In reviewing William Easterly's book on the failures of development aid, The White Man's Burden: Why the West's Effort to Aid the Rest Have Done so Much Ill and So Little Good (2006), Nobel laureate Amartya Sen wrote in Foreign Affairs, "The challenge is to respond to the plight of the hopelessly impoverished without neglecting to insist that help come in useful and productive forms."
Or, as the Chinese proverb has it, "Give a man a fish and he will eat for a day. Teach him how to fish and he will eat for a lifetime."
If only it were that easy. What if our prospective fisherman is starving? Surely it wouldn't be a problem to give him free fish, at least until he's ready to learn his new trade. What if he doesn't have a fishing pole? Should you give him one? (Maybe you should sell it to him. That way he'd truly value it.) But what if the fish in the pond have already been overfished? What if they are contaminated with toxins? What if fishing requires a prohibitively expensive permit? The potential problems are endless. It isn't surprising that one of the best development blogs out there is titled Good Intentions are Not Enough. Helping distressed people is tough. We've been failing for millennia.
The U.S. government's good intentions—we are the largest source of international food aid in the world by far, spending about $2 billion in taxpayer money each year—are directed not toward the suffering masses but to American farmers and shippers whose voices are heard most clearly in Washington. Under U.S. law, nearly all of our food aid is produced in the United States—predominantly by large agribusinesses like Archer Daniel Midland—and nearly all is delivered to stricken countries by American shippers. The system is shamefully rife with inefficiencies and misplaced priorities. For one, only 35 percent of the U.S. food aid budget is actually spent on food, according to a Government Accountability Office study from 2007.
"Perhaps the greatest problem is the damage our food aid causes to farmers in developing countries, who are essential to the future health of their societies."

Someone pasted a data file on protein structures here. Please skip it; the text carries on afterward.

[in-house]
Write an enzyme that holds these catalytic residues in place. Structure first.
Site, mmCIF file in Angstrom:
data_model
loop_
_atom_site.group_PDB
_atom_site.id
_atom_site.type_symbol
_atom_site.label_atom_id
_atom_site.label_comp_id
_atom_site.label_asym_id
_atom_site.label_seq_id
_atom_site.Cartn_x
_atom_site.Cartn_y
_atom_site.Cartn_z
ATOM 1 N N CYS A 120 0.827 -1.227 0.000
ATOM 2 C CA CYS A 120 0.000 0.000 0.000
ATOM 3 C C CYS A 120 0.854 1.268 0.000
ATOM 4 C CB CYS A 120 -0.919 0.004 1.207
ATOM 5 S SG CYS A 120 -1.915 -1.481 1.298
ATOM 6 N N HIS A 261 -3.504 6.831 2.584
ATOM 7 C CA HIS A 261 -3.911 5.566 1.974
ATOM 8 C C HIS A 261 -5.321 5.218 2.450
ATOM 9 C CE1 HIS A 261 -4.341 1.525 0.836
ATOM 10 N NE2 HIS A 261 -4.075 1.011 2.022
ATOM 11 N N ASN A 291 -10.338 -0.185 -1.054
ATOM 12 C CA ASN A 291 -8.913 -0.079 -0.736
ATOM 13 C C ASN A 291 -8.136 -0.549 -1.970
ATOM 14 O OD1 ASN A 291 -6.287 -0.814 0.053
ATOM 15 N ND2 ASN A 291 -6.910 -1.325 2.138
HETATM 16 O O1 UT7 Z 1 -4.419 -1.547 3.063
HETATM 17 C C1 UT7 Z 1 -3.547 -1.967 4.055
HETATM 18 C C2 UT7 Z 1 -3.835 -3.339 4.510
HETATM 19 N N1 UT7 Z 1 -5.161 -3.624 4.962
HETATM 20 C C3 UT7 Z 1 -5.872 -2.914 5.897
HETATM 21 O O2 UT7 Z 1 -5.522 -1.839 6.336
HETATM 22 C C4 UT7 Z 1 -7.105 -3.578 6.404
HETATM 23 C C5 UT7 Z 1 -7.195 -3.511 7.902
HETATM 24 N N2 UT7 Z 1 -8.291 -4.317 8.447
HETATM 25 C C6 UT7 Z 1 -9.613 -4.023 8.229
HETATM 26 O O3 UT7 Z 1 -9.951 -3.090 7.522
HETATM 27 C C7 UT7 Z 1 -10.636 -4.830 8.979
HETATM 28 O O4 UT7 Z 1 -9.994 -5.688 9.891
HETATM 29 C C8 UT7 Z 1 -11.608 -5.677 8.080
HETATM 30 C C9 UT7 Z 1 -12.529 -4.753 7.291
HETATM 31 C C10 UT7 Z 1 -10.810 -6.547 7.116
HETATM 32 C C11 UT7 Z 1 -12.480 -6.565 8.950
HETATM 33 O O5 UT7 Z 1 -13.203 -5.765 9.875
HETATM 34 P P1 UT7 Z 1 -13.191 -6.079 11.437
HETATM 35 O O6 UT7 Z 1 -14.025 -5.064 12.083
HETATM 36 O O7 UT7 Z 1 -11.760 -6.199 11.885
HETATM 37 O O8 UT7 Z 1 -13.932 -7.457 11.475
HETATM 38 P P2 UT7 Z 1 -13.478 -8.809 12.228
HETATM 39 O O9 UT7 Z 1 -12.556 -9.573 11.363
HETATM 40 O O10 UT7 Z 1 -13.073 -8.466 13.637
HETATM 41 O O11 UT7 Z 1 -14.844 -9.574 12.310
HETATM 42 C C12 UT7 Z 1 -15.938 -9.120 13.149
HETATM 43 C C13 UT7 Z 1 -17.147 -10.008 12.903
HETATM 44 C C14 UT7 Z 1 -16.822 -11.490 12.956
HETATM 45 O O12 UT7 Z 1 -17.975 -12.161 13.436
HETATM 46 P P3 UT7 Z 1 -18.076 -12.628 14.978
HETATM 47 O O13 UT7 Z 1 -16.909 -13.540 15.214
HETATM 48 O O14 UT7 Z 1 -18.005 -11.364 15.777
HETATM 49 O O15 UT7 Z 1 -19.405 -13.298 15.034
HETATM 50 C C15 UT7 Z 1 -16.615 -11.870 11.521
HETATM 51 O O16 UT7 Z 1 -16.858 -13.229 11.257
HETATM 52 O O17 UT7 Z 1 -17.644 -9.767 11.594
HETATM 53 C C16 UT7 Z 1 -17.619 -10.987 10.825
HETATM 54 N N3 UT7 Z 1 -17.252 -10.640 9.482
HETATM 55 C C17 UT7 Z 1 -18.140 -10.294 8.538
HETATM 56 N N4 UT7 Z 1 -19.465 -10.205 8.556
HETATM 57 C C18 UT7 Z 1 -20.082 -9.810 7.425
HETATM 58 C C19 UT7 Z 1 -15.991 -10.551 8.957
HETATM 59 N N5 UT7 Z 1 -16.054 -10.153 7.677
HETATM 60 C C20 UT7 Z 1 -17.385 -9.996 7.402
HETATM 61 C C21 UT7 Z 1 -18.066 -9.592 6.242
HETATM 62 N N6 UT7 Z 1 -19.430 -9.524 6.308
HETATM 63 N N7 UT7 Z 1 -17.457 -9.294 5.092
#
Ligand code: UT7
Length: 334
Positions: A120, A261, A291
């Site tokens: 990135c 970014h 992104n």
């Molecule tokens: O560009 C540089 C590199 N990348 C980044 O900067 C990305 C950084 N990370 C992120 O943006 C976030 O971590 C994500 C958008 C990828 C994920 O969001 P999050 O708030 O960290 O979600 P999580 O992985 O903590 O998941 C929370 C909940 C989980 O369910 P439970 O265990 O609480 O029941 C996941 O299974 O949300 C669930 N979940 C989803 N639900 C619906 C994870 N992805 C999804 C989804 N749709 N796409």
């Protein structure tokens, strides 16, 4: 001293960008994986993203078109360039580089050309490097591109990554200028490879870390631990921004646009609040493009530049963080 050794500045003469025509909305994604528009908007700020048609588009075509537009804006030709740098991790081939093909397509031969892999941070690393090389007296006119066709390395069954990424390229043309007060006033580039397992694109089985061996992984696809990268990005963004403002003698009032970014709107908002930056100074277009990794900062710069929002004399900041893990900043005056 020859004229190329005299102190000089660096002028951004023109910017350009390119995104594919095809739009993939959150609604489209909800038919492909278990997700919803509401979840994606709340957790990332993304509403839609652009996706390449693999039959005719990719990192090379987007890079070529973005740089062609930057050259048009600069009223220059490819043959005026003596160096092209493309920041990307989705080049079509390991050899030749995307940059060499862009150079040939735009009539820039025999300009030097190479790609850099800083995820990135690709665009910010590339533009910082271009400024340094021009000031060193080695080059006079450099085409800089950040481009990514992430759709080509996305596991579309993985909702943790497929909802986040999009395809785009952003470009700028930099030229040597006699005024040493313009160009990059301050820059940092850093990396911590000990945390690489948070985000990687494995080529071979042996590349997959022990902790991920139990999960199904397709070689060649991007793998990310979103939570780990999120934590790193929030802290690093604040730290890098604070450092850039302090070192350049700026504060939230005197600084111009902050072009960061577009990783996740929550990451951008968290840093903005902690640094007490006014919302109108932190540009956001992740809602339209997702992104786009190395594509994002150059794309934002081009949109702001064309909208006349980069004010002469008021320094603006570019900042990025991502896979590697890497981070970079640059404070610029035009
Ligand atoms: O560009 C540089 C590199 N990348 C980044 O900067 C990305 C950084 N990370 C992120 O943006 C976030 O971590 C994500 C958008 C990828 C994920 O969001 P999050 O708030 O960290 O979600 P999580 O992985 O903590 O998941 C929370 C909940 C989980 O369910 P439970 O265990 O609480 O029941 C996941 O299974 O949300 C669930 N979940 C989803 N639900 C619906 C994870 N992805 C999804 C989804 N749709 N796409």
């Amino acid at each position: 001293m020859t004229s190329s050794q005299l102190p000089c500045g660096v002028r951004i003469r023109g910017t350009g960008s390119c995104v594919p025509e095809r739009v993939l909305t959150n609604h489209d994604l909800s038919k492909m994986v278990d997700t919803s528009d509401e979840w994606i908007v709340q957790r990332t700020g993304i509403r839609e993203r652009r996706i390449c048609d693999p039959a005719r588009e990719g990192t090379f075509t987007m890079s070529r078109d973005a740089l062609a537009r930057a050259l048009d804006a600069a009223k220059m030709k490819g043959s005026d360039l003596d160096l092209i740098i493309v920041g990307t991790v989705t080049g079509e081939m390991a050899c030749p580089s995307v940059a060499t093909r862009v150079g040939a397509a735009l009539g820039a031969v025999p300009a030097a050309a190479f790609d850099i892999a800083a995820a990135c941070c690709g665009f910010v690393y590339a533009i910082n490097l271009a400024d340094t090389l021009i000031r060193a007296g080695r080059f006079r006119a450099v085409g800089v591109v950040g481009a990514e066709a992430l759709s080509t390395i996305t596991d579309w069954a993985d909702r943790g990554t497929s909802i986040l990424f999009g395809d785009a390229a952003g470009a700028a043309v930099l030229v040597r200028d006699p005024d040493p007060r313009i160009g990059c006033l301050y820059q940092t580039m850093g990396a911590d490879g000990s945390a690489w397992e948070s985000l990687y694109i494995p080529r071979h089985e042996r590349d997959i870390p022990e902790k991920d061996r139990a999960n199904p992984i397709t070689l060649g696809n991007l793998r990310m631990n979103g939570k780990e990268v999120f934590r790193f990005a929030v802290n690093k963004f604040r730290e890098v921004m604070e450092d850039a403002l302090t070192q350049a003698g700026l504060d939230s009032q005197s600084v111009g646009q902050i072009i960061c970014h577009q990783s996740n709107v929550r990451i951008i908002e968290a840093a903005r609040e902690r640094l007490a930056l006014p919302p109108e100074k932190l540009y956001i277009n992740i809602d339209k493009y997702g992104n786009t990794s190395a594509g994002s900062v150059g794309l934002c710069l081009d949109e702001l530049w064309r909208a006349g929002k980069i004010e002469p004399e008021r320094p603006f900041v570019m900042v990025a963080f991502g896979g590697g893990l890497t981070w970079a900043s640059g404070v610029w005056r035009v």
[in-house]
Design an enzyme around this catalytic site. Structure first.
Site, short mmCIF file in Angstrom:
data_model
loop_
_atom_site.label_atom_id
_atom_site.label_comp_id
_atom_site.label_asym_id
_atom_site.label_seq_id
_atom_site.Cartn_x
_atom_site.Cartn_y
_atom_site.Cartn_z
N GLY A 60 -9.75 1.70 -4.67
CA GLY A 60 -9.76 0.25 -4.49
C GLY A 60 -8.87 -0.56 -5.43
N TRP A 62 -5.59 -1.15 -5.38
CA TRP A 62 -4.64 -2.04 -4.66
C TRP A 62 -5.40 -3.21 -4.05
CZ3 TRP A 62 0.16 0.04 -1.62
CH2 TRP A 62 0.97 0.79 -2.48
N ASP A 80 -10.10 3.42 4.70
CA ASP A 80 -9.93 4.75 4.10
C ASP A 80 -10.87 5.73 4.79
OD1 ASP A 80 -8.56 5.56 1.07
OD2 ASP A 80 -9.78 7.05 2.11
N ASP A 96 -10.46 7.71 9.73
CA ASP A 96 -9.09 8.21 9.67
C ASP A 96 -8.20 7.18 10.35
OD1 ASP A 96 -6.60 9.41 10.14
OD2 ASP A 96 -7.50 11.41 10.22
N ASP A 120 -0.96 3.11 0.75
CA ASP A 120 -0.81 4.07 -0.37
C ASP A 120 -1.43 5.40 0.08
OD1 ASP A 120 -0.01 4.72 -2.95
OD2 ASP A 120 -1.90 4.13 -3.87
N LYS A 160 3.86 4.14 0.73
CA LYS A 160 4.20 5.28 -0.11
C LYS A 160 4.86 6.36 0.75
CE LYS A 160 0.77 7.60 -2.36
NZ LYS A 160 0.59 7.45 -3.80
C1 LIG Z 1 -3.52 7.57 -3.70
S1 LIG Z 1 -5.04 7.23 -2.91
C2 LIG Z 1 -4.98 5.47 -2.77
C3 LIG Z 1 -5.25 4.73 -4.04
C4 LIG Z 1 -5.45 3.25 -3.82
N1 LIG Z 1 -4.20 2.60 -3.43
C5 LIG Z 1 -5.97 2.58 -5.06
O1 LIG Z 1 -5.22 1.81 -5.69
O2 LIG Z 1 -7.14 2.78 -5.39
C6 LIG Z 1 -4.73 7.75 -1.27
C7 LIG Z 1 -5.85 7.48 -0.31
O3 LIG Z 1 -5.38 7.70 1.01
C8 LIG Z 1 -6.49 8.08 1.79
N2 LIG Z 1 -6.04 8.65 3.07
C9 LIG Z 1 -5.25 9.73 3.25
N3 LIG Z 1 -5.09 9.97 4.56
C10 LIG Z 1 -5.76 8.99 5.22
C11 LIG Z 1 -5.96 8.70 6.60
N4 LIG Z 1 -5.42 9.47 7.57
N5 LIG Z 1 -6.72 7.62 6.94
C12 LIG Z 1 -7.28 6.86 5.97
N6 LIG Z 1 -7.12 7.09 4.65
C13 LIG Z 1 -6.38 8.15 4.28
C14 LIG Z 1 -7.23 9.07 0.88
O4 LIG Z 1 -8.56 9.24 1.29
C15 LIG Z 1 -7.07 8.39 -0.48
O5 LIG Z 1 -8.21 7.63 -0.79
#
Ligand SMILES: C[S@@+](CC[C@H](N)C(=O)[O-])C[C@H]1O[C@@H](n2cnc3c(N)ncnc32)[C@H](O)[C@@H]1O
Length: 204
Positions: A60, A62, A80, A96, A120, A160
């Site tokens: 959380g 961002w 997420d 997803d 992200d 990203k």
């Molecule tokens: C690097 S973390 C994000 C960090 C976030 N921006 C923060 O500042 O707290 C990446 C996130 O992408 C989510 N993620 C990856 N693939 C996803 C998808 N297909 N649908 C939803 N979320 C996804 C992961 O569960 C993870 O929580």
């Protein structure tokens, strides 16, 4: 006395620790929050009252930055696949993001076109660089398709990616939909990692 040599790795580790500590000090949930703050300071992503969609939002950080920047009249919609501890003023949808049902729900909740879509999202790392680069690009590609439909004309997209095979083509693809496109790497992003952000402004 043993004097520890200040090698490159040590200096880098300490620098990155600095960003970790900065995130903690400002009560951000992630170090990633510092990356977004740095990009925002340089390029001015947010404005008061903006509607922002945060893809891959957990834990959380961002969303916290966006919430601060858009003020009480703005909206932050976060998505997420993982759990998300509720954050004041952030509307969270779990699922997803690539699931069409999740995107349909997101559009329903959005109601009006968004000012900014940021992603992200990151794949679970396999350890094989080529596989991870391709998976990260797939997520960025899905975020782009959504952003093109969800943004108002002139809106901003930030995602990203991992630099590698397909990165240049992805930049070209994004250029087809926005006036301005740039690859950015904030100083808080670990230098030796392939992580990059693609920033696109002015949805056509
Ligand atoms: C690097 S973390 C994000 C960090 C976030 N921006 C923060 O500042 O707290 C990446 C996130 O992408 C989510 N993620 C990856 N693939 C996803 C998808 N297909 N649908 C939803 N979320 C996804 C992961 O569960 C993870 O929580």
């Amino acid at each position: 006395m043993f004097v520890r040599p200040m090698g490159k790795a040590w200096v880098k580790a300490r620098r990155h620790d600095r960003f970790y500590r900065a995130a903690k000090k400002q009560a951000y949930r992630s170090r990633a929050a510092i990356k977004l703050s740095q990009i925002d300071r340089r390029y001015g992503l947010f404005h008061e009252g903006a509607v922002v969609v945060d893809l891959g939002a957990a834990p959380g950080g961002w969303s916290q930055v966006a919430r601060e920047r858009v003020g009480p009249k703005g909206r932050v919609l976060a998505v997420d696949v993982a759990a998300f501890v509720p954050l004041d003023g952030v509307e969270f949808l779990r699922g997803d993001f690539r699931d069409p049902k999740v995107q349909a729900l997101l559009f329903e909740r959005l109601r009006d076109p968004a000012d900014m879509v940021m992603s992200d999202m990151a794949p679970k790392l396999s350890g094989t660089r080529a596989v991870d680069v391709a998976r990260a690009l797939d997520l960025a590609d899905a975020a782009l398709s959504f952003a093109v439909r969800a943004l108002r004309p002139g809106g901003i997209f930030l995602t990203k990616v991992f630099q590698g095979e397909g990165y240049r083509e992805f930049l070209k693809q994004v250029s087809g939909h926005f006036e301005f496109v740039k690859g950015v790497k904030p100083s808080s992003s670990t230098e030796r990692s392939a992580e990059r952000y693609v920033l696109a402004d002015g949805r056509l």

But perhaps the greatest problem is the damage our food aid causes to farmers in developing countries, who are essential to the future health of their societies. Often in the news lately has been the harm that U.S. deliveries have done to the Haitian rice industry over the past few decades. On March 10, in testimony before the Senate Foreign Relations Committee, Bill Clinton apologized for his administration's role in exporting cheap U.S. rice to Haiti, undercutting local growers. According to a study by the Center for Economic and Policy Research, Haitian farmers provided 47 percent of the country's rice in 1988. By the 2008, the figure had dropped to 15 percent. And in a recent report on NPR's Planet Money, reporters described how bags of American rice are still being sold in Haitian markets.
"It may have been good for some of my farmers in Arkansas, but it has not worked," said Clinton, who may play a greater role in the future of Haiti than any figure since Toussaint L'Ouverture. (He is U.N. Special Envoy and co-chair of the Interim Haiti Recovery Commission, which is deciding how billions in recovery money will be spent.) "It was a mistake," he added. "I have to live every day with the consequences of the lost capacity to produce a rice crop in Haiti to feed those people, because of what I did. Nobody else."
We have been failing in our efforts to help: there are consequences of helping and consequences of not helping. Is it better to let a man starve to have the community learn to cope with their situation in the long term? Or is it more noble to give them the temporary means to survive? Which is for the greater good? What other solutions are there?
-GlassFrog Blogger Vanessa